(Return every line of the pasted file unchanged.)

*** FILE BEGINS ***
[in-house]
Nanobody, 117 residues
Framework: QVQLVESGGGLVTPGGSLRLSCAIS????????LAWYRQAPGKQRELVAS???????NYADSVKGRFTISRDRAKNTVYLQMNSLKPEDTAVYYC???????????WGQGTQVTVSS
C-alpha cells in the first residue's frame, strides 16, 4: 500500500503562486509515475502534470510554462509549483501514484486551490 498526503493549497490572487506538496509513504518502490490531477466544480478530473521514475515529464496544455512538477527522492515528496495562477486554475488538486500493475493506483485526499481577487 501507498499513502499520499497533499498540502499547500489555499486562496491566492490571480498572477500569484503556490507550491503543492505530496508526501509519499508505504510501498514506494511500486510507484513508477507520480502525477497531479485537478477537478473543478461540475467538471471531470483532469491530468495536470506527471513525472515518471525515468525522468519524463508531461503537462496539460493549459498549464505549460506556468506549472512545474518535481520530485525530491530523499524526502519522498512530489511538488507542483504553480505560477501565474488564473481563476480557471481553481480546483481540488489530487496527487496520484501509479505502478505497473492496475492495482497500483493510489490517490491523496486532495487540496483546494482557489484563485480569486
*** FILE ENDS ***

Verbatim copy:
[in-house]
Nanobody, 117 residues
Framework: QVQLVESGGGLVTPGGSLRLSCAIS????????LAWYRQAPGKQRELVAS???????NYADSVKGRFTISRDRAKNTVYLQMNSLKPEDTAVYYC???????????WGQGTQVTVSS
C-alpha cells in the first residue's frame, strides 16, 4: 500500500503562486509515475502534470510554462509549483501514484486551490 498526503493549497490572487506538496509513504518502490490531477466544480478530473521514475515529464496544455512538477527522492515528496495562477486554475488538486500493475493506483485526499481577487 501507498499513502499520499497533499498540502499547500489555499486562496491566492490571480498572477500569484503556490507550491503543492505530496508526501509519499508505504510501498514506494511500486510507484513508477507520480502525477497531479485537478477537478473543478461540475467538471471531470483532469491530468495536470506527471513525472515518471525515468525522468519524463508531461503537462496539460493549459498549464505549460506556468506549472512545474518535481520530485525530491530523499524526502519522498512530489511538488507542483504553480505560477501565474488564473481563476480557471481553481480546483481540488489530487496527487496520484501509479505502478505497473492496475492495482497500483493510489490517490491523496486532495487540496483546494482557489484563485480569486